- The suspension marked a new height in the differences between two of Somalia’s highest ranking leaders, which opposition leaders now fear could derail the electoral calendar.
Somalia President Mohamed Farmaajo on Thursday said he had suspended his Prime Minister Hussein Roble’s powers to hire and fire officials, twisting the knife in a relationship that has strained since last month.
In a statement to the media, Villa Somalia which is Farmaajo’s official residence in Mogadishu said the Prime Minister will stay out of his role until after elections are held.
According to the electoral calendar, those elections will be conducted until October 10, but there have been delays on crucial parliamentary polls, suggesting the schedule may drag on.
The suspension on Thursday said Mr Roble had “deviated” from the mandate of the government and violated provisions of the Provisional Constitution of Somalia. Mr Roble will no longer head the government and will have no powers to suspend or dismiss ministers, Villa Somalia said.
Abdirashid M Hashi, President Farmaajo’s spokesman said PM Roble had “not consulted with the President, and proceeded to issue decisions that were inconsistent with the laws and the constitution of the country,” which was now being considered as incompetence on the PM’s part.
He said the President had decided to act and save the country from a potential “political and security crisis”.
Each minister in government will continue to perform his duties and will be responsible for the ministry’s actions until after elections, he said.
“During this period, the various organs of the state shall continue to serve the people as necessary for the functioning of the government, in accordance with Article 102 of the Provisional Constitution.”
The suspension marked a new height in the differences between two of Somalia’s highest ranking leaders, which opposition leaders now fear could derail the electoral calendar.
There had been brushes as early as last month when Roble defied Farmaajo’s orders not to engage with foreign entities until after elections. But the current disagreement is based on which way to investigate the murder of Ikran Tahlil, a spy agent who disappeared on June 26, but which the National Intelligence Security Agency (NISA) says she was murdered by al-Shabaab militants.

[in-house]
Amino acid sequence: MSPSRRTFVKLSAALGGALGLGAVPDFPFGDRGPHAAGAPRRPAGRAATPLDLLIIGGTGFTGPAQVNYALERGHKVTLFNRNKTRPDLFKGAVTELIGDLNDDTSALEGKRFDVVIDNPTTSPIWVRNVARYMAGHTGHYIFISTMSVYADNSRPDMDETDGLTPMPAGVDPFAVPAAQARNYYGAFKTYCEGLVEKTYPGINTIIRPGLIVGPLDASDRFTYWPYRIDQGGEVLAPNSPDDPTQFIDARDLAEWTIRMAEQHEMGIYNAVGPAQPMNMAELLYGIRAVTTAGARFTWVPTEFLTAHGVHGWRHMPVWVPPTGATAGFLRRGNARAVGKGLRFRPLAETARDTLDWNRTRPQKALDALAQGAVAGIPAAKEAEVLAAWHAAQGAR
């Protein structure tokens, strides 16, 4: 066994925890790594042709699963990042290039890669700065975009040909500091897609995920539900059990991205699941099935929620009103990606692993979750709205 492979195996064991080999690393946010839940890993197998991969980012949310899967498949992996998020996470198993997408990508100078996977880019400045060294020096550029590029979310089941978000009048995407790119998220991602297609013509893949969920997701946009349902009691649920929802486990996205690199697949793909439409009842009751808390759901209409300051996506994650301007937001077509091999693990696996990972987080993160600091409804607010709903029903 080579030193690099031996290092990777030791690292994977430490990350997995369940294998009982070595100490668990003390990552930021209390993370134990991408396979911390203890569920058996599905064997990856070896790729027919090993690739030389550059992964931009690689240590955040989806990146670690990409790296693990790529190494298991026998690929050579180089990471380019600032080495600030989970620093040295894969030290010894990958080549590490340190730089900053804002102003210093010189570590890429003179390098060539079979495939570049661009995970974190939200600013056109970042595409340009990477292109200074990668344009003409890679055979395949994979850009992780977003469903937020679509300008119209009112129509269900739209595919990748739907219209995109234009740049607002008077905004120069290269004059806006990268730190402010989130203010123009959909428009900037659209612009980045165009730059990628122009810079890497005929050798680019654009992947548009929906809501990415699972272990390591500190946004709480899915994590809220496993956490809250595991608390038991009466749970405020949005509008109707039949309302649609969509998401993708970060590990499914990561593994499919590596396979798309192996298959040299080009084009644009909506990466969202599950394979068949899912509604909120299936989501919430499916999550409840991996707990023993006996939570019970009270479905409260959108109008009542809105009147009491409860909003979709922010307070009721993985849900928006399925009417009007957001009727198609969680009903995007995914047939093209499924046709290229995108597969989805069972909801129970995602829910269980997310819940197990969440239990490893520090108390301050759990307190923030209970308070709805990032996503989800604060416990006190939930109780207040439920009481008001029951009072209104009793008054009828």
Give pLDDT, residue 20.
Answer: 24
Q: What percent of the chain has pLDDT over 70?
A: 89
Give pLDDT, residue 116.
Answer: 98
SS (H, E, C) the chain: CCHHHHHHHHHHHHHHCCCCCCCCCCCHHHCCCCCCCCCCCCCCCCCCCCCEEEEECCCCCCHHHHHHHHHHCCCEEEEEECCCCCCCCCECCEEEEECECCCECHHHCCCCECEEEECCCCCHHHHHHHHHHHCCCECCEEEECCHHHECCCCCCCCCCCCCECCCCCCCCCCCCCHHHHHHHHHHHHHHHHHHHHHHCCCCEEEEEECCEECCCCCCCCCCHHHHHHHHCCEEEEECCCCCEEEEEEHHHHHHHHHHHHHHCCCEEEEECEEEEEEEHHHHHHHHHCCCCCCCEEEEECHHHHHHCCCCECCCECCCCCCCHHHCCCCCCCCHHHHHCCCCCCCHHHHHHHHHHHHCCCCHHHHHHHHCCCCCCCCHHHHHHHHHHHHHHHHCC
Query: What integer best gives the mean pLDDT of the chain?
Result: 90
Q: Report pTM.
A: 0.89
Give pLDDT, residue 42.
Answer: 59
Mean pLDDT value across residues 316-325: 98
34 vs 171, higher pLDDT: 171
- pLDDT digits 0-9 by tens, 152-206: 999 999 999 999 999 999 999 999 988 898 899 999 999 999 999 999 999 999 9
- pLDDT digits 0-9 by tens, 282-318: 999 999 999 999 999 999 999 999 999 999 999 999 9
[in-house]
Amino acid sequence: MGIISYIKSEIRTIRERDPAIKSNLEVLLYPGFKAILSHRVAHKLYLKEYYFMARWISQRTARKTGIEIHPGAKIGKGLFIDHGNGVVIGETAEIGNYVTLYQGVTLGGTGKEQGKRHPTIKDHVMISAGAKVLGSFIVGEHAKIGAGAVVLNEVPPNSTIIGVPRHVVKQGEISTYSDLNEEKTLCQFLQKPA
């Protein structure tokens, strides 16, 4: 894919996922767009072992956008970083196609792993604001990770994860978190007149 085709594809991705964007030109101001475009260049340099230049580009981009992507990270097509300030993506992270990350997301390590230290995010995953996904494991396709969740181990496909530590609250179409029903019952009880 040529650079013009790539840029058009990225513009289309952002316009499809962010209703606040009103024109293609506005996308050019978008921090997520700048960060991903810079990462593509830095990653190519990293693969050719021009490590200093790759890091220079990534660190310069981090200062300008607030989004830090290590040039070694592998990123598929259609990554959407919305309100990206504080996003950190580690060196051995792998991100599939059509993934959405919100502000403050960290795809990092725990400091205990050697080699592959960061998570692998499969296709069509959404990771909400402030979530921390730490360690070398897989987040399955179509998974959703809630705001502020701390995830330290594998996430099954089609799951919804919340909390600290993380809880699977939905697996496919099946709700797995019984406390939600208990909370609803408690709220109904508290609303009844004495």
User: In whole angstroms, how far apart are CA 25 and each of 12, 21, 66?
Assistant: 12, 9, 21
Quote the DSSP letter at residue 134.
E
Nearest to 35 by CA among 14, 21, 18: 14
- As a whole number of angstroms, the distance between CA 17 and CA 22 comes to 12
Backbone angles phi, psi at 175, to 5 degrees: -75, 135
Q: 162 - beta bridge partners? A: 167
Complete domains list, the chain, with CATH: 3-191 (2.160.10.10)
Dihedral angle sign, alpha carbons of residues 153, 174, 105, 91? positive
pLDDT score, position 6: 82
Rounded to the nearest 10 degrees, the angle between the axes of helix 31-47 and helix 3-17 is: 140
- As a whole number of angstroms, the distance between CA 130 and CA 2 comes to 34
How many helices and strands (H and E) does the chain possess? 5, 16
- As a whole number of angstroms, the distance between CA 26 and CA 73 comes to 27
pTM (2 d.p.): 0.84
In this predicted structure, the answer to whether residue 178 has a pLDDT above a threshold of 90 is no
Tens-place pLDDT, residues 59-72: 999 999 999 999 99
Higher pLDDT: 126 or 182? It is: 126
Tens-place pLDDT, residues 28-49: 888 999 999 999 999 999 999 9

Last Monday, PM Roble suspended the Director General of the National Intelligence and Security Agency (NISA) Fahad Yasin, something which Farmaajo overruled immediately.
Roble ignored Farmaajo’s statement and was waiting to preside a ceremony within three days for his nominee as NISA boss, General Bashir Mohamed Jama, to take office.
Instead, just a day after, Yasin resigned from the post of NISA director on Tuesday, which Farmaajo readily accepted and replaced him with Yasin Abdullahi Mohamud who was until then the commander of NISA operations in Banadir region (Mogadishu and surrounding locations).
Farmaajo’s appointee, Mohamud, wasted no time in taking office while Fahad Yasin who was in Turkey joined the handover ceremony on Wednesday by virtual means and surrendered powers.
That left General Jama, the man chosen by Roble to lead the spy agency, with no chance to go to NISA headquarters and take over the office.
Later, Roble sacked the Internal Security Minister Hassan Hundubey, a decision Farmaajo nullified and appointed Abdullahi Mohamed Nur, a member of the outgoing federal parliament.
Both Farmaajo and Roble have cited articles in the provisional constitution, in defending their actions.
The tiff had raised concerns among development partners and leaders of federal states.
Last week, Presidents Abdiaziz Hassan Laftagareen of South West state and Ahmed Abdi Karie Qoorqoor of Galmudug flew to the Somali capital Mogadishu in a peace-making role.
Their mediation failed, Somalia media reported, as both men couldn’t agree on how to investigate Tahlil’s murder.
Mr Roble had assigned a military court to investigate, only for Farmaajo to create a five-member committee to do the same job. Roble rejected the committee, leaving the actual investigation in limbo.
Farmaajo said elections must go on as planned, in accordance with the agreement of 17 September 2020 and the procedures for resolving the concerns raised on 27 May 2021, and the conduct of the bicameral elections.